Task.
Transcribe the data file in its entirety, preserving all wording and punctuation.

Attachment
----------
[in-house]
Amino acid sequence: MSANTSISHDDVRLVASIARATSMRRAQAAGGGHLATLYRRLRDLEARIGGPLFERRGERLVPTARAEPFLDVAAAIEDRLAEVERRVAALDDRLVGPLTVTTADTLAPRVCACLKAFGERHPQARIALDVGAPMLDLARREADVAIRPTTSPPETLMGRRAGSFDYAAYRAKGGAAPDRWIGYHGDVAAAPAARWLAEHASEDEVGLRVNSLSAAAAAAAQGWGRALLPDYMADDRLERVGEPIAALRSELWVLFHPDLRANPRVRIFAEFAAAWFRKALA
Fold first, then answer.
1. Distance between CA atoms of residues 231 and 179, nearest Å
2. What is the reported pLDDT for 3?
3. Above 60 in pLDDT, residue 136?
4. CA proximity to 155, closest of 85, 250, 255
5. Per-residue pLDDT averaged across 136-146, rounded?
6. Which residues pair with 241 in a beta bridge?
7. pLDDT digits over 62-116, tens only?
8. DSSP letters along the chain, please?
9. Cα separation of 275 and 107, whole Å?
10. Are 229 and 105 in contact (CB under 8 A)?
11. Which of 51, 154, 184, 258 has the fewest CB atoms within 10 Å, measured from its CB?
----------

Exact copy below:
[in-house]
Amino acid sequence: MSANTSISHDDVRLVASIARATSMRRAQAAGGGHLATLYRRLRDLEARIGGPLFERRGERLVPTARAEPFLDVAAAIEDRLAEVERRVAALDDRLVGPLTVTTADTLAPRVCACLKAFGERHPQARIALDVGAPMLDLARREADVAIRPTTSPPETLMGRRAGSFDYAAYRAKGGAAPDRWIGYHGDVAAAPAARWLAEHASEDEVGLRVNSLSAAAAAAAQGWGRALLPDYMADDRLERVGEPIAALRSELWVLFHPDLRANPRVRIFAEFAAAWFRKALA
Fold first, then answer.
1. Distance between CA atoms of residues 231 and 179, nearest Å
2. What is the reported pLDDT for 3?
3. Above 60 in pLDDT, residue 136?
4. CA proximity to 155, closest of 85, 250, 255
5. Per-residue pLDDT averaged across 136-146, rounded?
6. Which residues pair with 241 in a beta bridge?
7. pLDDT digits over 62-116, tens only?
8. DSSP letters along the chain, please?
9. Cα separation of 275 and 107, whole Å?
10. Are 229 and 105 in contact (CB under 8 A)?
11. Which of 51, 154, 184, 258 has the fewest CB atoms within 10 Å, measured from its CB?